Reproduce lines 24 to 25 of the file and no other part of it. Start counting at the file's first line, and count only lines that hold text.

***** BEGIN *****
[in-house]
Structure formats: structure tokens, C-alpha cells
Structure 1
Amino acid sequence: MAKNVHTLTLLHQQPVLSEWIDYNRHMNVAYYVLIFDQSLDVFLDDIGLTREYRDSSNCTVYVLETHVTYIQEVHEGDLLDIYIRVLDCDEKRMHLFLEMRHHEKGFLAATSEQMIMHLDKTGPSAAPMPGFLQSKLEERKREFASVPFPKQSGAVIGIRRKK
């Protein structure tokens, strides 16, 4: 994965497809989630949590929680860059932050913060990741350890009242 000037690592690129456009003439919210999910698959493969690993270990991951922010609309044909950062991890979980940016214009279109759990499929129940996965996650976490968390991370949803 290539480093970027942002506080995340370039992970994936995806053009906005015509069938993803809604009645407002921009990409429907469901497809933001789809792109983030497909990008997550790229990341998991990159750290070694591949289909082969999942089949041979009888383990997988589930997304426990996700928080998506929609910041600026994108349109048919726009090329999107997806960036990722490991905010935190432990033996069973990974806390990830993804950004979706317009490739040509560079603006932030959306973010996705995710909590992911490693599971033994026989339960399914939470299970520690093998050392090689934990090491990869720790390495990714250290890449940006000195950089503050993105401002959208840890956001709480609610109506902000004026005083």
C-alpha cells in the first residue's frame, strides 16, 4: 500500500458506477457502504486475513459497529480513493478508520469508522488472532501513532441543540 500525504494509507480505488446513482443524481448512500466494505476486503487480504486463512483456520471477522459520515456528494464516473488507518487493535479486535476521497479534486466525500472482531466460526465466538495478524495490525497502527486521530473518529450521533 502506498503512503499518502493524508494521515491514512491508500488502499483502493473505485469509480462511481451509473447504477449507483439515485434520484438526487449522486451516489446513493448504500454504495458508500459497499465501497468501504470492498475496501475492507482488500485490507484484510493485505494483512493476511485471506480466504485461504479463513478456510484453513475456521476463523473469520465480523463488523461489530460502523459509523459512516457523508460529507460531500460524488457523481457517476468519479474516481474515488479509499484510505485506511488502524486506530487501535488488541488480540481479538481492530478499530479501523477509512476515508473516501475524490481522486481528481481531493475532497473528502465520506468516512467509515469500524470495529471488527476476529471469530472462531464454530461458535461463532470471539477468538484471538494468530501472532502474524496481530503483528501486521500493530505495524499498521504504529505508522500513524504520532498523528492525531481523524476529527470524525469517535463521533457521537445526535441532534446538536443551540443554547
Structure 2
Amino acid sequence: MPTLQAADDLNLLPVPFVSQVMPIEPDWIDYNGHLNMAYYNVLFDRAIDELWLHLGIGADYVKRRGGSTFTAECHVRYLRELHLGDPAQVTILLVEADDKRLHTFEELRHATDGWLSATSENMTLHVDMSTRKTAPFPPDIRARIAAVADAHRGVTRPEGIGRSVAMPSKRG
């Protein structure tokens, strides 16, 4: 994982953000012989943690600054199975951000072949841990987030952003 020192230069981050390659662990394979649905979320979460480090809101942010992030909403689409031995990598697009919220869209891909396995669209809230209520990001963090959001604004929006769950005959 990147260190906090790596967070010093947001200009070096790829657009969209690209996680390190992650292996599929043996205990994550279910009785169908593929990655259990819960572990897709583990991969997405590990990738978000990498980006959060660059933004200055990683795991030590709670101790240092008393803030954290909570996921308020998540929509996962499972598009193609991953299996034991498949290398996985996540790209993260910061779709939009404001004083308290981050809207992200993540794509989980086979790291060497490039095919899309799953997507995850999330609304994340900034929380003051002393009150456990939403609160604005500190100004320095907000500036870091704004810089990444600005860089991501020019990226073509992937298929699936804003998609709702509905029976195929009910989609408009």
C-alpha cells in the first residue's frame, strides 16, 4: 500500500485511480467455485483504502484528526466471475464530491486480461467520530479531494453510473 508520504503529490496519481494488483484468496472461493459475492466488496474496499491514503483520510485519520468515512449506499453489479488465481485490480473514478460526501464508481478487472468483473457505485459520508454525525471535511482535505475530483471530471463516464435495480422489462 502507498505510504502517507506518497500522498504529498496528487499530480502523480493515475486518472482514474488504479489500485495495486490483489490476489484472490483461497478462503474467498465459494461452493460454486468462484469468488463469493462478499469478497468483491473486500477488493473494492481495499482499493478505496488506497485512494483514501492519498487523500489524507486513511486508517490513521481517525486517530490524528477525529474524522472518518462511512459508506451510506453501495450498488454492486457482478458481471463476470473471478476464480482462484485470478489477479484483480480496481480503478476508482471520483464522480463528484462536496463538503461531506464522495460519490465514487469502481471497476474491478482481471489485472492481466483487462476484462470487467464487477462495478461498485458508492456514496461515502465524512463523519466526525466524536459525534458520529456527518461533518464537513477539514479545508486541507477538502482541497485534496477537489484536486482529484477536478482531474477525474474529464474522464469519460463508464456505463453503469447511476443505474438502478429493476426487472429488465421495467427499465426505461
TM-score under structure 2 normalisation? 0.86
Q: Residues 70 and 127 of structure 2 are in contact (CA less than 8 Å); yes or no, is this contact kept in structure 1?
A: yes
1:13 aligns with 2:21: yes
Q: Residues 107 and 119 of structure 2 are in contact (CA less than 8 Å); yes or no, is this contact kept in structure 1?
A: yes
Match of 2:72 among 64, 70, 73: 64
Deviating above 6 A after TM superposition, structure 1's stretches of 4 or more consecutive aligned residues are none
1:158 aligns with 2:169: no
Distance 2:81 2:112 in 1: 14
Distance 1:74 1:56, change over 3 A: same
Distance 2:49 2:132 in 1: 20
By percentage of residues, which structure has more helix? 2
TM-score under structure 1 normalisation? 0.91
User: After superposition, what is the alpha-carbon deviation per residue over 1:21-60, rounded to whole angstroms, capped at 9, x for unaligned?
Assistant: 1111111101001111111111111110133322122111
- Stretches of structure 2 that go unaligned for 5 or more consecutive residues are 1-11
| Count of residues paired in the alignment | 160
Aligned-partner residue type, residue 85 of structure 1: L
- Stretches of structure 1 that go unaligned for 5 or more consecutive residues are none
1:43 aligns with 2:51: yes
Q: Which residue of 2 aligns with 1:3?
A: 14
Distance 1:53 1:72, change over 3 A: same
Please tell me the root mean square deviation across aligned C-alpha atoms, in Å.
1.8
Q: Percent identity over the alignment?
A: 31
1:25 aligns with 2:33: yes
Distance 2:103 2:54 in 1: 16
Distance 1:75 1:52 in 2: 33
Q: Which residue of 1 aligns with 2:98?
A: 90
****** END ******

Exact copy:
TM-score under structure 1 normalisation? 0.91
User: After superposition, what is the alpha-carbon deviation per residue over 1:21-60, rounded to whole angstroms, capped at 9, x for unaligned?